Dr. Tobias Bacaner was known in New Port Richey for prescribing opioids.
At the cash-only clinic along U.S. 19 where he worked, Bacaner routinely prescribed patients painkillers, tranquilizers and muscle relaxers. Many patients would then fill those prescriptions at a nearby pharmacy he owned, according to a federal civil lawsuit filed February. That suit, filed by the U.S. Department of Justice, claims that Bacaner, who has been a licensed physician in Florida since 1990, may be responsible for as many as 16 drug overdose deaths.
Bacaner prescribed Oxycodone more than any other controlled substance, often at the highest strength possible of 30 milligrams, according to the lawsuit. A national prescription database published by ProPublica shows that while Oxycodone was Bacaner’s most prescribed drug, for his peers it was on average their 59th most prescribed drug.
As he handed out prescriptions for high-dose opioids, Bacaner often ignored signs that patients were suffering from drug abuse, like track marks and urine screens that flagged unprescribed substances, federal officials said.
The lawsuit claims that Bacaner, in his position at Paragon Community Healthcare and as co-owner of Cobalt Pharmacy, violated the Controlled Substances Act by writing and filling illegitimate prescriptions at inflated prices for his own profit. Along with Bacaner, federal officials are suing Timothy and Theodore Ferguson, who own the clinic and co-own the pharmacy.
Paragon Community Healthcare did not accept health insurance and charged patients $230 for an initial visit and $195 for follow up appointments, according to the lawsuit. The clinic was established as a nonprofit by the Fergusons in 2014.
At the pharmacy in Hudson, Bacaner prescribed 68 percent of all controlled substances distributed there, the suit said. The pharmacy is about a 15 minute drive north from the New Port Richey clinic.
“This is clearly a form of abuse where you’re feeding your own business,” said Jay Wolfson, a public health and health policy expert at the University of South Florida. “That creates an unhealthy environment for practicing good medicine.”
Dale Sisco, a lawyer representing the Fergusons, Paragon Community Healthcare and Cobalt Pharmacy, declined to comment about the case. Bacaner did not return multiple calls for comment. His attorney declined to speak with a reporter until after he officially filed a response to the complaint.
The lawsuit claims that from 2013 to 2019, at least 16 patients died from overdose within 40 days of receiving a prescription from Bacaner. In the same time period, 96 percent of Bacaner’s more than 2,300 patients received an opioid prescription, according to the sworn declaration of a Drug Enforcement Administration officer.
Over six years, Bacaner’s top patient received nearly more than 300 pills each month, according to the declaration.
One patient was prescribed opioids with no documentation of a physical exam, and notes were copied from visit to visit, the suit said. Six out of seven tests that revealed the patient was taking dangerous unprescribed drugs, like morphine and buprenorphine, were ignored.
Another patient was given a “cocktail” of opioids, benzodiazepines and a muscle relaxer. The benzodiazepine was prescribed despite documentation that showed the patient did not have anxiety, the suit said.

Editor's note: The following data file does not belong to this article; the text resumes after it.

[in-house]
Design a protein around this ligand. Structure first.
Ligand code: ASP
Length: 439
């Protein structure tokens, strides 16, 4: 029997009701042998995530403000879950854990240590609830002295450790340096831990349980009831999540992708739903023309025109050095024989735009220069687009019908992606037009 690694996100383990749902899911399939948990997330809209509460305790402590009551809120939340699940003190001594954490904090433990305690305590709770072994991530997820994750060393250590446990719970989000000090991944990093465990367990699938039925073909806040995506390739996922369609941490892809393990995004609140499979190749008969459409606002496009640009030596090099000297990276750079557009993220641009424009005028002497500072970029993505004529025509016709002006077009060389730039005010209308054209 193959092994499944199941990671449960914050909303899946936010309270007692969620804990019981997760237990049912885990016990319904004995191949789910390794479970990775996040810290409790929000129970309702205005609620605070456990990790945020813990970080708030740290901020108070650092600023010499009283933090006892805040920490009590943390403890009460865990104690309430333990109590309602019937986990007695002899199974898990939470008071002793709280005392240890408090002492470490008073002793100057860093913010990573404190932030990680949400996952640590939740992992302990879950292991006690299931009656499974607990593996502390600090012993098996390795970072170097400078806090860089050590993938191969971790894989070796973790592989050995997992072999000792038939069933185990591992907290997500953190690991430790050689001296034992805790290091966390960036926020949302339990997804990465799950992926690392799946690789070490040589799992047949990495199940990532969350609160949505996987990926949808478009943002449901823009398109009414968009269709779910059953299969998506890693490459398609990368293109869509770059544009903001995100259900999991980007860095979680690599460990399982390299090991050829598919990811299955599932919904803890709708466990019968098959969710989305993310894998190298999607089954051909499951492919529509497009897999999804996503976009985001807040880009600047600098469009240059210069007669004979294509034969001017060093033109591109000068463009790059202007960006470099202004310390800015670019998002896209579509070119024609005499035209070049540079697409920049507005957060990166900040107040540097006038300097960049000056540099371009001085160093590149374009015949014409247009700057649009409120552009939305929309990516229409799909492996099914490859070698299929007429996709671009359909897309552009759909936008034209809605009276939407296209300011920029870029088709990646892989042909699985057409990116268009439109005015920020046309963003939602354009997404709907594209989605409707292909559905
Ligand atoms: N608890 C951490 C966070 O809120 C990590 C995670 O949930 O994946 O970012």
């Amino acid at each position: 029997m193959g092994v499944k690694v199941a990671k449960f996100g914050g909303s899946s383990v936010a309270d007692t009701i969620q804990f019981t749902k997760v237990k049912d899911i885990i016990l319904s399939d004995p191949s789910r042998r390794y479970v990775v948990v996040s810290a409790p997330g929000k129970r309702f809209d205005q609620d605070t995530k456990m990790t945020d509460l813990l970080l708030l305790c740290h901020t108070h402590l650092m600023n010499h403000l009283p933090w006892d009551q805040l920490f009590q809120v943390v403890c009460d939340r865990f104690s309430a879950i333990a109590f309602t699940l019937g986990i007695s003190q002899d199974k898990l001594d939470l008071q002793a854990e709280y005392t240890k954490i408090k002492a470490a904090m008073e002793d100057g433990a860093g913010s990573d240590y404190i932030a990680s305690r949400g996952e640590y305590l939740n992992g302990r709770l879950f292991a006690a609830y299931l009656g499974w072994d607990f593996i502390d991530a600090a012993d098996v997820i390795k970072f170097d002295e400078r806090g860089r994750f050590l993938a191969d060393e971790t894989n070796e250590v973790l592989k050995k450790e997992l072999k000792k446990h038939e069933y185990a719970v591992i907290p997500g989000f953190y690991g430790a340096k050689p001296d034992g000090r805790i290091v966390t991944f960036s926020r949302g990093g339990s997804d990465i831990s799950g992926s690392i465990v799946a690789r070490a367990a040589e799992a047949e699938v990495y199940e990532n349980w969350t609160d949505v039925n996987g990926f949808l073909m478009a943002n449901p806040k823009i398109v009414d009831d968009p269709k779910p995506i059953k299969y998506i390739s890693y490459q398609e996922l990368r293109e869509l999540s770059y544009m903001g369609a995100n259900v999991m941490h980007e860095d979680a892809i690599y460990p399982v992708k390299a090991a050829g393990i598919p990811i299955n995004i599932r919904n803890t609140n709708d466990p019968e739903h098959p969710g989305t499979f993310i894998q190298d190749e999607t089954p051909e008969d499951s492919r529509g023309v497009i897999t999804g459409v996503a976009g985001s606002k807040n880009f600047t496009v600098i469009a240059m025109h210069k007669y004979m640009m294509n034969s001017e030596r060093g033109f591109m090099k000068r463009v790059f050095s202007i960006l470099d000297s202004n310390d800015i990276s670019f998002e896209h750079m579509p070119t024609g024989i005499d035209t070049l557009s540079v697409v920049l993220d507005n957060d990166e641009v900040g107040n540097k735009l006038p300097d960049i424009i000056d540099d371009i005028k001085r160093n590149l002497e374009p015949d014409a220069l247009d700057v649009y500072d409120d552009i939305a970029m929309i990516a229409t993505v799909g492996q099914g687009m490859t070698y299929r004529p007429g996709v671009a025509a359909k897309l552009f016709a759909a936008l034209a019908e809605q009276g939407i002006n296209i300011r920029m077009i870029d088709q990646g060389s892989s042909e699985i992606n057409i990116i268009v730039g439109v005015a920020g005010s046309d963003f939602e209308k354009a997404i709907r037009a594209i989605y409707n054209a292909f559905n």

A different patient told Bacaner that his drugs had been stolen four times, which Bacaner ignored despite it being a blatant red flag of drug abuse, according to the lawsuit.
Wolfson said it’s important for medical professionals to take time with a patient and find ways to avoid prescribing addictive controlled substances or to do so cautiously in rare cases where patients truly need it. Copying notes from one patient visit to another is an obvious deviation from best practices, he said.
“Those who are exclusively prescribing these things are doing it for reasons that may be contrary to the health interests of patients,” Wolfson said.
Despite the Centers for Disease Control and Prevention warning against it, Bacaner would prescribe combinations of opioids, benzodiazepines and a muscle relaxer, according to the lawsuit. Opioids and benzodiazepines in tandem increase the risk of overdose by nearly four times, said CDC guidelines. The drugs, especially when combined with a muscle relaxer, can do harm on the central nervous system, but often create a heroin-like high for drug users.
Common red flags from patients addicted to opioids include when they’re willing to travel a large geographic distance to get to a prescriber or pharmacy, they pay in cash, or seek prescriptions under different names but at the same home address, according to the DEA. Many of these red flags were seen at Cobalt Pharmacy, federal officials said.
The DEA subpoenaed patient records from the pharmacy in August and December of 2019.
Timothy Ferguson told the DEA that Bacaner was no longer with the clinic as of May, the suit said. According to prescription drug monitoring data, the pharmacy no longer filled prescriptions written by Bacaner after August. Bacaner was still dispensing controlled substances elsewhere as of January, the lawsuit said.
When the complaint was filed in February, Bacaner’s medical license still listed Paragon Community Healthcare as his address. It now says he is not in practice. He had no disciplinary action or violations on his medical record, according to the Florida Board of Medicine.
Cobalt Pharmacy’s DEA registration was surrendered in January, but prescription drug data shows no controlled substances were distributed after September.